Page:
Asylum – Review

Worth seeing: as a powerful but predictable, pedestrian and plodding drama
Director:David Mackenzie
Featuring:Ian McKellen, Natasha Richardson, Gus Lewis, Hugh Bonneville, Joss Ackland, Marton Csokas
Length:99 minutes
Certificate:15
Country:UK
Released:9th September 2005

WHAT’S IT ABOUT?

Psychiatrist Max (Hugh Bonneville) arrives to take up a position as “number two” at a secure hospital in 1950s England.

His wife Stella (Natasha Richardson) doesn’t fit into this highly controlled environment as well as her husband, and soon finds herself being drawn to a mysterious patient, Edgar (Marton Csokas).

Their attraction soon gets out of control and when news of it leaks out, it causes a scandal that threatens Max’s new job – and his future promotion prospects.
Max’s rival for the top job, Peter (Ian McKellen), has his own reasons for trying to keep Stella and Edgar apart, but he’s happy for the scandal to rumble on long enough to damage Max.

When Edgar escapes from the Asylum, Stella is torn between staying behind without him and leaving her successful, but emotionally cold husband, to live on the run with a killer.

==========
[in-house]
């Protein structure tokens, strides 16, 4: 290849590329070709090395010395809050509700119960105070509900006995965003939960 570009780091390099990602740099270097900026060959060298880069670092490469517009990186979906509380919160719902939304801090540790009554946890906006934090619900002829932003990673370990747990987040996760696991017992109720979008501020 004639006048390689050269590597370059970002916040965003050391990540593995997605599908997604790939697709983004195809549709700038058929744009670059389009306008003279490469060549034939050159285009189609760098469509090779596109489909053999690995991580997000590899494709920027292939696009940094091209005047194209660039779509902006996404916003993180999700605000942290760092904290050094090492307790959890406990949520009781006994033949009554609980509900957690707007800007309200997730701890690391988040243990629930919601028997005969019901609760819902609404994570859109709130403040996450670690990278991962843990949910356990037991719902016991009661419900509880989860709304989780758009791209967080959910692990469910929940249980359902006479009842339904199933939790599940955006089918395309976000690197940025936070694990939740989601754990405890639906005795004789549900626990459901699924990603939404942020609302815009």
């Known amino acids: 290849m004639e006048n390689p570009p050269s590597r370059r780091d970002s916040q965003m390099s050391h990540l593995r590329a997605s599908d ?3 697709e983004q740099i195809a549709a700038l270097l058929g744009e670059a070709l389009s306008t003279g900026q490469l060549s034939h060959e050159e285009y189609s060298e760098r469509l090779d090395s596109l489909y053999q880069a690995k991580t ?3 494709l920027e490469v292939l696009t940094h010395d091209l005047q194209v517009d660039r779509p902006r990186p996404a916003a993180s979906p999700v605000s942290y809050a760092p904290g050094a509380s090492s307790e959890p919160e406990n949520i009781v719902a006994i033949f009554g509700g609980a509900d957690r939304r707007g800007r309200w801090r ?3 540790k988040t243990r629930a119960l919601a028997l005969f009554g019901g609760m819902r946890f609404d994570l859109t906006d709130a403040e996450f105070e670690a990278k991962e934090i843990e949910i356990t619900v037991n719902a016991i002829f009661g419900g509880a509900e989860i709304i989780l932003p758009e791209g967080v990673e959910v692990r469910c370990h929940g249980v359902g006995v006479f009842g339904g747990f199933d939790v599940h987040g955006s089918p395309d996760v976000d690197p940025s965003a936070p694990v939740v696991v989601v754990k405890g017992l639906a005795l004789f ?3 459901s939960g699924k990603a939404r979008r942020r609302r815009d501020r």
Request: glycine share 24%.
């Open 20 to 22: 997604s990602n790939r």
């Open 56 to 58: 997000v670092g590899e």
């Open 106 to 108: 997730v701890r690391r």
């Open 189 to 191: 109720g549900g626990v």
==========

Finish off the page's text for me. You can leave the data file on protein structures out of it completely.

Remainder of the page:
WHAT’S IT LIKE?

As expected, from the director behind Young Adam, this is a powerful, sexually charged piece of drama.

The story itself is rather plodding and the supposed twists are largely rather predictable and pedestrian, to the extent that very little really shocks or surprises – and on the rare occasion that it does – perhaps only during a school trip – it’s so unremittingly bleak as to make you wonder how anyone could actually derive any enjoyment or satisfaction from watching it.

The normally cheery and ebullient Hugh Bonneville plays effectively against type and the strongest performance in the film comes from Ian McKellen, who bristles with supercilious cheek.

But the other key performances – the ones on which the plot hangs – are less convincing. There was little real chemistry between Stella and Edgar – and certainly no logic to her decisions, although that was clearly the point of the film – the role of Stella was clearly hard to make in any way sympathetic – sadly, despite her efforts, Natasha Richardson doesn’t really succeed.

The inevitability of the conclusion of what becomes yet another British misery-fest means that the denouement comes as no surprise.

But while there is a market for this kind of dark, hopeless drama, the film-makers throw out all their indy-credentials to incorporate a cliché Hollywood would be too ashamed to adopt these days: after a fool-proof suicide attempt, one key character manages to stay alive just long enough for another character to arrive to be told “Leave me alone,” and not a second longer.